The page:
The Biggest Mistake in San Diego Chargers History

Pardon My Bias Bleacher ReportContributor IIAugust 2, 2010

Drew Brees is coming off a Super Bowl victory and is easily one of the most popular QBs in the NFL.  There is no question that he has deserved every dollar he has gotten from the New Orleans Saints over the past 4 seasons.  Drew Brees is a top 3 QB in the NFL today and unfortunately the San Diego Chargers did not believe he was capable of this and let him leave San Diego in the 2006 off season. This article is not written to disrespect current Chargers QB Phillip Rivers for he has been a great QB and has become a top 10 QB in the NFL himself.  But this article is meant to look back and see what could have been had A.J. Smith and the Chargers kept Brees back in 2006.

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It is understandable why the Chargers drafted Phillip Rivers back in 2004: The Chargers were tied for the worst record in the 2003 NFL season, they had a special running back in Ladainian Tomlinson, and Drew Brees struggled and was replaced by Doug Flutie during the middle of the season. But Rivers’ holdout during the 2004 training camp allowed Brees to retain his starting position during the 2004 season.  Drew Brees went on to get his first Pro Bowl selection as well as the NFL Comeback Player of the Year award. Brees had a 104.8 QB rating and threw a career high 27 TDs. The Chargers finished the season 12-4 only to lose to the New York Jets in overtime of the divisional playoff game after Nate Kaeding missed a field goal at the end of regulation.

While the Chargers record dropped to 9-7 in the 2005 season Brees continued to impress people around the league as he threw for over 3,500 yards and 24 TDs.  While the Chargers missed the playoffs, the biggest blow was the injury to Brees’ throwing shoulder in week 17 against the Denver Broncos.  Brees required surgery after the season and this may have contributed to why the Chargers did not bring Brees back for the 2006 season.

The Chargers did offer a contract, but it was incentive based and had very little guaranteed money.  Brees took this as an insult that the Chargers did not believe in him and his health.  Brees left to New Orleans for a 6 year, $60 million contract that had $10 million guaranteed for the first season.  The confidence the Saints showed in Brees was enough for him and he signed his new contract, leaving San Diego behind.

In the first year of the Rivers era, the Chargers finished with a 14-2 record but had an early playoff exit.  In New Orleans, Brees led the Saints to NFC Championship game.  Brees went to his 2nd Pro Bowl and threw for over 4000 yds and 26 TDs during the regular season.  While the Chargers have been to the post season every year since Drew Brees left, they have yet to reach the Super Bowl.  Phillip Rivers has put up good numbers, but for one reason or another the Chargers can’t seem to beat Belichick’s New England Patriots in the playoffs (I understand Rivers tore his ACL in 2008 and continued to play on it in the 2nd half of the Patriots game).  The Saints on the other hand missed the playoffs in 2007 and 2008 (despite Brees being the second QB to throw for over 5,000 yards in NFL history in 2008) but seemed unstoppable in 2009.  Brees had a career high 109.6 QB rating led the Saints to a Super Bowl victory over Peyton Manning’s Indianapolis Colts earlier this year.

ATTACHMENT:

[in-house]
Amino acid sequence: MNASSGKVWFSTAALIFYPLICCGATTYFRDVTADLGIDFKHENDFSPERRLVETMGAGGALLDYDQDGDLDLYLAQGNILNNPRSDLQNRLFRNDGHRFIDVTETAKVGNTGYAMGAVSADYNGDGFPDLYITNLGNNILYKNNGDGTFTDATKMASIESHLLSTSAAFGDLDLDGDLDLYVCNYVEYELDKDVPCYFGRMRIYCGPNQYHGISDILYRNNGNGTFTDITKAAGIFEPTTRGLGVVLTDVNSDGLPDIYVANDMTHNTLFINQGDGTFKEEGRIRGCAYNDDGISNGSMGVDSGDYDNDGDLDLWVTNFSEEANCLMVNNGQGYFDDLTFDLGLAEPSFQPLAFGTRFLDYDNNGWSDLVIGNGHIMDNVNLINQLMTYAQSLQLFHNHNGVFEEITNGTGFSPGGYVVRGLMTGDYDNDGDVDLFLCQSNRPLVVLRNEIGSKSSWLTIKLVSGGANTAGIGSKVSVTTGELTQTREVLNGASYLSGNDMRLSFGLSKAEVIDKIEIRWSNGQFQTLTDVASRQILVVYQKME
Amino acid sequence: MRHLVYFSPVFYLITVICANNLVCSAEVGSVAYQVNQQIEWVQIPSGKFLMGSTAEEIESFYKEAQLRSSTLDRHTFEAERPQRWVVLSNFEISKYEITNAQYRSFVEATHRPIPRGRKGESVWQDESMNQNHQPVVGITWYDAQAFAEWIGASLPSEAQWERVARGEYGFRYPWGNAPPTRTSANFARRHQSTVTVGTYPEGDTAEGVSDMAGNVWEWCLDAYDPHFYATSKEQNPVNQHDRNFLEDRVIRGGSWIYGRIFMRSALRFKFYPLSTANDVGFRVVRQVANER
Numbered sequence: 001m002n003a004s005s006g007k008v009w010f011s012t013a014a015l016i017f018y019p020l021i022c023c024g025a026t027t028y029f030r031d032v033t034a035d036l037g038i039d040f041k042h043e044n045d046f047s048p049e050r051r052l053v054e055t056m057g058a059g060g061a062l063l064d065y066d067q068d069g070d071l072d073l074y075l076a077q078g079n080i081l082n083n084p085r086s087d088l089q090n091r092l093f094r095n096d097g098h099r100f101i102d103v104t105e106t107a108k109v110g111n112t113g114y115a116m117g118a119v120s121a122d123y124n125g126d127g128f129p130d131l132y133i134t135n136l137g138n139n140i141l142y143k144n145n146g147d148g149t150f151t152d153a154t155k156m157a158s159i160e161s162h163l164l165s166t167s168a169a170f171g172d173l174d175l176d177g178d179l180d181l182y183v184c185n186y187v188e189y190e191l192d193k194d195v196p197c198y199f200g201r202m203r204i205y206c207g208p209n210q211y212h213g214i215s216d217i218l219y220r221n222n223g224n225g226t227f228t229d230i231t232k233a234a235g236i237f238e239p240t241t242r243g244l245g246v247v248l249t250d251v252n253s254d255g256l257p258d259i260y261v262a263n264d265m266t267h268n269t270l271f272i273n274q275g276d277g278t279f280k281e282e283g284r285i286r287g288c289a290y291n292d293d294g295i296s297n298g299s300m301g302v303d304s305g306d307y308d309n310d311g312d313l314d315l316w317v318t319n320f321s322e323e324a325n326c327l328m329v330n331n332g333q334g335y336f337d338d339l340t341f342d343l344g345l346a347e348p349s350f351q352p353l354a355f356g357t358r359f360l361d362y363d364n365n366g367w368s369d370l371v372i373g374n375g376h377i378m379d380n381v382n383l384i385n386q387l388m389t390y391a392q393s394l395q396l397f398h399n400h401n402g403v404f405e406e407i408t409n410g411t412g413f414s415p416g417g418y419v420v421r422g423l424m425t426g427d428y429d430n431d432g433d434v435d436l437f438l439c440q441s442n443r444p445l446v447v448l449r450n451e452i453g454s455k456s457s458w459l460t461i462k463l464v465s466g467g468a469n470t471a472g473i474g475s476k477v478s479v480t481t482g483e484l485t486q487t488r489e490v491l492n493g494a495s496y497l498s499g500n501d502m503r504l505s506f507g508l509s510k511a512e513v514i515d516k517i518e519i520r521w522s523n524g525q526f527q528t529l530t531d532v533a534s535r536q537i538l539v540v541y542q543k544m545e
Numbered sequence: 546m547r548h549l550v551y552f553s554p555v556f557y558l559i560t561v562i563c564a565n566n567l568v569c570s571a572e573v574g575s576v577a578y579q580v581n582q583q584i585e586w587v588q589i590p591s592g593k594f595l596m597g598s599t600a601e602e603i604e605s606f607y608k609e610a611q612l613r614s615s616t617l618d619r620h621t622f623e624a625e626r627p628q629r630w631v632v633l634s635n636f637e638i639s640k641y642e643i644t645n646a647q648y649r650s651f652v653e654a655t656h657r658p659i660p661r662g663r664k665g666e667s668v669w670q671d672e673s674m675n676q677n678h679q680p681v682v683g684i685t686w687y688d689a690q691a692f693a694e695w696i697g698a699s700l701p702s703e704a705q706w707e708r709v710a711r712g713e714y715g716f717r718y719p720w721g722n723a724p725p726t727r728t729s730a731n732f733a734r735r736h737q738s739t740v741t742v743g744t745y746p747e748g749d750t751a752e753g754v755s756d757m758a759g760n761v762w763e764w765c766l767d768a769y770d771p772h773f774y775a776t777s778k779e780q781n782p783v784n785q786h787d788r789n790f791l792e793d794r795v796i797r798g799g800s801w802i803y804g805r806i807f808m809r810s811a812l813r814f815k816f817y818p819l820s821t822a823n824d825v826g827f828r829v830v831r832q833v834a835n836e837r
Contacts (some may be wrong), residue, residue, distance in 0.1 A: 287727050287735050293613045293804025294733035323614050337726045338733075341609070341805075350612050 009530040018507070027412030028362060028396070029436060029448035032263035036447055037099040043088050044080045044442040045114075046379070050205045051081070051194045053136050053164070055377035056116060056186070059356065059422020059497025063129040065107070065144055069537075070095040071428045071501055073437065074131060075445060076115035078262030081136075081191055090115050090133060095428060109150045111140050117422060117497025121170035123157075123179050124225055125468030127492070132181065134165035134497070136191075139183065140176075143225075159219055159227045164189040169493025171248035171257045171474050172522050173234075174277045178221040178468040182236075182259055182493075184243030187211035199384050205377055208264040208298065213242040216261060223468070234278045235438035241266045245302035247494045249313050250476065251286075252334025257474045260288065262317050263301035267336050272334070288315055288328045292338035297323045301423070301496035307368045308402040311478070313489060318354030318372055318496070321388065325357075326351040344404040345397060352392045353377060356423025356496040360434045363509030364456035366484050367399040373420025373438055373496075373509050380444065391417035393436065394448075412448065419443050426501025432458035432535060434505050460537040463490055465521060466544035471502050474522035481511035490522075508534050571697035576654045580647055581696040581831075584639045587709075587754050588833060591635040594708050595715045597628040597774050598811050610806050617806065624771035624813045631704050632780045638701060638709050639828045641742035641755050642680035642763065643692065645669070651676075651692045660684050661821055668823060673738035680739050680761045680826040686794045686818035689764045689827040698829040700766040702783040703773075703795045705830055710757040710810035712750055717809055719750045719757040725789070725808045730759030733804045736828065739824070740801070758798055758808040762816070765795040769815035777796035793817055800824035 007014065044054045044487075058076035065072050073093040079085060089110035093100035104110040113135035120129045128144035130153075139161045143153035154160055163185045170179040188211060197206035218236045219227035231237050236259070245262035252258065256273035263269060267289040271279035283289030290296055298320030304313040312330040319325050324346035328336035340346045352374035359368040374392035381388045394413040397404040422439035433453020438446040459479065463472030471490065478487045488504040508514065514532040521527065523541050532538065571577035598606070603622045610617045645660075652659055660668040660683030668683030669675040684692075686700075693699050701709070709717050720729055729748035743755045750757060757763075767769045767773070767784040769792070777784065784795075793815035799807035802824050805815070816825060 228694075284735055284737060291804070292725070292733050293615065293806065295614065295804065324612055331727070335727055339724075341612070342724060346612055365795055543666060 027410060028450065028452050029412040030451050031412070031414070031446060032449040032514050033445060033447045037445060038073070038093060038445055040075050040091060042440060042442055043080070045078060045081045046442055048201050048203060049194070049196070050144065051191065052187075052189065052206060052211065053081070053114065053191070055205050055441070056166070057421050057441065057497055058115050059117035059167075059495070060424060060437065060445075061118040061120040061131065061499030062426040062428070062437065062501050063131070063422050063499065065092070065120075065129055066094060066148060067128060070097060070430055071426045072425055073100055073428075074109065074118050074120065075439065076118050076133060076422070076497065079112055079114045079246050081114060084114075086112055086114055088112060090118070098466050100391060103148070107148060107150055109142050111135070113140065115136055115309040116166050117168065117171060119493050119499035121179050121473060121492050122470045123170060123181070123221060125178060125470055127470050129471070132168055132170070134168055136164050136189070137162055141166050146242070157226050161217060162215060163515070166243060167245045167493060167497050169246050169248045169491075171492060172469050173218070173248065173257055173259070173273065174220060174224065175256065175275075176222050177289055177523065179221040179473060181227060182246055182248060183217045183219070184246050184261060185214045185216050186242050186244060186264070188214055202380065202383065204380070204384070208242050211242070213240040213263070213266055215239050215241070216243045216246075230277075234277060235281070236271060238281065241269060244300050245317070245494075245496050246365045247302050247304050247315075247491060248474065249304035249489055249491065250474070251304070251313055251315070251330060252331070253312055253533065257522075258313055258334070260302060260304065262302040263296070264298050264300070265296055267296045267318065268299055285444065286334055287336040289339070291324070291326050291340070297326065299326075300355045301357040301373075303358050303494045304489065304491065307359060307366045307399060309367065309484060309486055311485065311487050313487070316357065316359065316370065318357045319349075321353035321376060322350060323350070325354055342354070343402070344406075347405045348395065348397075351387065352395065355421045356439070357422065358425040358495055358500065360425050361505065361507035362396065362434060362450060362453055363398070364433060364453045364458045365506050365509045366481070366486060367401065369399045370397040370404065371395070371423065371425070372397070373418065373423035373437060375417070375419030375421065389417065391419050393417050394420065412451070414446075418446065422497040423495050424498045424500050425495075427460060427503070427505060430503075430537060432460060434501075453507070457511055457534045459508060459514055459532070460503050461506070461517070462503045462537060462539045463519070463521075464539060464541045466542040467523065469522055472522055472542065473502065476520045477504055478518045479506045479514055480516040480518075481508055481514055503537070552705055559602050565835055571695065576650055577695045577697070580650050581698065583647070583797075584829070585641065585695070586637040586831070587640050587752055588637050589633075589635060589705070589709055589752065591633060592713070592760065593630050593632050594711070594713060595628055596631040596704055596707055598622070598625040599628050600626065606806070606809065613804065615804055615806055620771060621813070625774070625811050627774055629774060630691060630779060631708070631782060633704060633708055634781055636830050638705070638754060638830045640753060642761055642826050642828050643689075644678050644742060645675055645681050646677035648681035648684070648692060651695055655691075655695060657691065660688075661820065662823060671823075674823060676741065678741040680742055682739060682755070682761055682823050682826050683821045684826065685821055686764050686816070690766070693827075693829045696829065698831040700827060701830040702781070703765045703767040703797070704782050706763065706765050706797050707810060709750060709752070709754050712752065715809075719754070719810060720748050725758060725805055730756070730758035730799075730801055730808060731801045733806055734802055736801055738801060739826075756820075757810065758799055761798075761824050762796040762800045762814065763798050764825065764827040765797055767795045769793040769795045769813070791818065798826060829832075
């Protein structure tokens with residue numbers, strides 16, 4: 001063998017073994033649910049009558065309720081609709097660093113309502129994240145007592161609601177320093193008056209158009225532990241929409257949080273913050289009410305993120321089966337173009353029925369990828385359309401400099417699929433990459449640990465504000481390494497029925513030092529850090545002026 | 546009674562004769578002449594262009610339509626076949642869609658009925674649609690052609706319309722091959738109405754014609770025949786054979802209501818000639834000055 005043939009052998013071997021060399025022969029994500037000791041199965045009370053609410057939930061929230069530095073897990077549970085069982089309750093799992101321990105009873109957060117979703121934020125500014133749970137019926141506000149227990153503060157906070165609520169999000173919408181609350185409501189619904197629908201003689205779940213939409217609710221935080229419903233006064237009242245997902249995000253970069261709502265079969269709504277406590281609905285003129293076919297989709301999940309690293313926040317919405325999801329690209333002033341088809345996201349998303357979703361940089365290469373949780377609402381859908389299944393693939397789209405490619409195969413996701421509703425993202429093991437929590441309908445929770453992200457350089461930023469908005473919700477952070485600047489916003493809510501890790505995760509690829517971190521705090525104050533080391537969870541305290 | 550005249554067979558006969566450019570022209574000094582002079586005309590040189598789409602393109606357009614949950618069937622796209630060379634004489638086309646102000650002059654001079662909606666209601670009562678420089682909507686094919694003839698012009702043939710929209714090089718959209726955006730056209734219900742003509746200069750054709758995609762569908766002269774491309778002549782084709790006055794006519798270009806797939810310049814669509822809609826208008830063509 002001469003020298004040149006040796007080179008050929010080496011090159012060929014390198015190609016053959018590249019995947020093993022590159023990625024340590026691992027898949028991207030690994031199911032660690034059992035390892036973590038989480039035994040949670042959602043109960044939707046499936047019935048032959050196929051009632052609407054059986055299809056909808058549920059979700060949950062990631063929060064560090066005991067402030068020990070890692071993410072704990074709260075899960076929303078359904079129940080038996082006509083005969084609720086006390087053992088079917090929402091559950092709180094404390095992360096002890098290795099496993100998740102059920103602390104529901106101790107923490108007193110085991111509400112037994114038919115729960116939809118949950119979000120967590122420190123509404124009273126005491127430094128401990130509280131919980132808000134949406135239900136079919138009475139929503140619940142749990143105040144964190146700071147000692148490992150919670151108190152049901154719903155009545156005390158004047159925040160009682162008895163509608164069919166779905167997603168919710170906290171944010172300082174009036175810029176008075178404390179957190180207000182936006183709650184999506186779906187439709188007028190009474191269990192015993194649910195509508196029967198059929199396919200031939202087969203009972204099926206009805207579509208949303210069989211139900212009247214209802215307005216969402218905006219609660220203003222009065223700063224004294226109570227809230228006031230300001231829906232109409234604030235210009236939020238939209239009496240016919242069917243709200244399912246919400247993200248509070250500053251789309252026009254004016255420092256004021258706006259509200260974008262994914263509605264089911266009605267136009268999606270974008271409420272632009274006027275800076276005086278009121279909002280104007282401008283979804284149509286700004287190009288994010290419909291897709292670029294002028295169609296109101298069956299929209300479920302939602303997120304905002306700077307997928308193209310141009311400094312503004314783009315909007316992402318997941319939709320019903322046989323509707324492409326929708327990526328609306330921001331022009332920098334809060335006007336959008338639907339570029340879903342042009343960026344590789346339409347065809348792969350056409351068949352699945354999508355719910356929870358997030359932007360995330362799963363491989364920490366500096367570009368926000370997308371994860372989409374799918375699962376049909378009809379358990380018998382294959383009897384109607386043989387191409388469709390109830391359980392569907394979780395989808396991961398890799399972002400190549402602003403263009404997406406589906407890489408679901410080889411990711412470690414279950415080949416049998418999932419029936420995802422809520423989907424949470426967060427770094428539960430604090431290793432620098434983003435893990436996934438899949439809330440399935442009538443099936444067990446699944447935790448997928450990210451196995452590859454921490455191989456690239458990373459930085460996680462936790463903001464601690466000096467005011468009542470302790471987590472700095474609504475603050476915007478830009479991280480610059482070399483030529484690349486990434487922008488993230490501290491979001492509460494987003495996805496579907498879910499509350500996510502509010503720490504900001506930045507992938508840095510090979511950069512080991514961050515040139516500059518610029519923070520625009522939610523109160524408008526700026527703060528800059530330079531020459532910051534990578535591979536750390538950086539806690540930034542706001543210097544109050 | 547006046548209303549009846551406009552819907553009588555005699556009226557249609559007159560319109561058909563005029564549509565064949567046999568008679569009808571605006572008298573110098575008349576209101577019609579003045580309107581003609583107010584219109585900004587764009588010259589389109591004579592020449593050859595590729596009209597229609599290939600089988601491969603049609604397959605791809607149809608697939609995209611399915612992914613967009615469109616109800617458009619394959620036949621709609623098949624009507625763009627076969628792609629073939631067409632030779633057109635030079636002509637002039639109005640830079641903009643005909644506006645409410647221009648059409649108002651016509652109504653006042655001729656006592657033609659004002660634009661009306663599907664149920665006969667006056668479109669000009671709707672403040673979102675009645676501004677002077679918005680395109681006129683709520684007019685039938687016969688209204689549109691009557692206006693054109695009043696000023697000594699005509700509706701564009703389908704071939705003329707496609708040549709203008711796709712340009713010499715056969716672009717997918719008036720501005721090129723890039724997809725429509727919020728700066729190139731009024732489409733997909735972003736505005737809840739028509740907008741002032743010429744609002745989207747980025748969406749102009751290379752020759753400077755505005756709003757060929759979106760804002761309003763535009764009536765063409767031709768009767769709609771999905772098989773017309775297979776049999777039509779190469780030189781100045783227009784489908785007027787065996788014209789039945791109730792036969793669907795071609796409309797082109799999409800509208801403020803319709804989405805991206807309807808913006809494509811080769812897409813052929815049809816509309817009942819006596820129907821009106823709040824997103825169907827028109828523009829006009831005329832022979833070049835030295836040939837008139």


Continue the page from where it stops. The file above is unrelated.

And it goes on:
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There is no doubt in my mind that if Drew Brees remained a Charger in 2006, the San Diego Chargers would have won the Super Bowl during LaDainian Tomlinson’s prime.  While Rivers was a very efficient passer, the Chargers leaned on Tomlinson to carry the load and the defenses stacked the box against him and he was worn out by playoff time.  Given Rivers’ weapons in the passing game, the team should have beaten the Patriots and at least advanced to the Super Bowl.  In the 4 years since the QB switch, the Chargers have surrounded Rivers with many weapons.  Rivers has a solid defense since Shawne Merriman was drafted, Rivers has been the beneficiary of one of the league’s best ground games led by Tomlinson, and Rivers has also had a talented receiving corps with Antonio Gates and Vincent Jackson. Over in New Orleans, the Saints defense gave the opposition points at will, Brees has yet to have a competent running game, and Brees has made due with a receiver corps that has players like Lance Moore, Devery Henderson, an old Jeremy Shockey, and Marques Colston (who is relevant mainly because of Drew Brees himself).  The supporting cast of the Chargers is undoubtedly more talented than the Saints supporting cast.  And it can be argued that Drew Brees has accomplished much more with far less talent than Rivers up to this point.

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As far as I’m concerned, the Chargers owe their fans an apology.  By picking an unproven QB who was only 2 years younger than their All-Pro QB, the Chargers wasted the career of one of the top 10 running backs in NFL history.  With a Brees-Tomlinson-Gates attack (all in their respective primes) would have been too much to handle by any defense in the NFL.  GM A.J. Smith’s personnel moves have forced to the Chargers to be in flux and always on the brink of contending for a Super Bowl, yet always falling short due to their inadequacies.  The 2010 Chargers now have an unproven backfield, an aging Antonio Gates, and a defense with plenty of holes.  The Chargers may have missed their chance at a Super Bowl ring, we’ll just have to wait and see how far Rivers can carry this team. Drew Brees on the other hand is probably thankful for the Chargers’ lack of confidence in him. Brees has become a one of the best QBs in the game and will be looking to add to his legacy in years to come.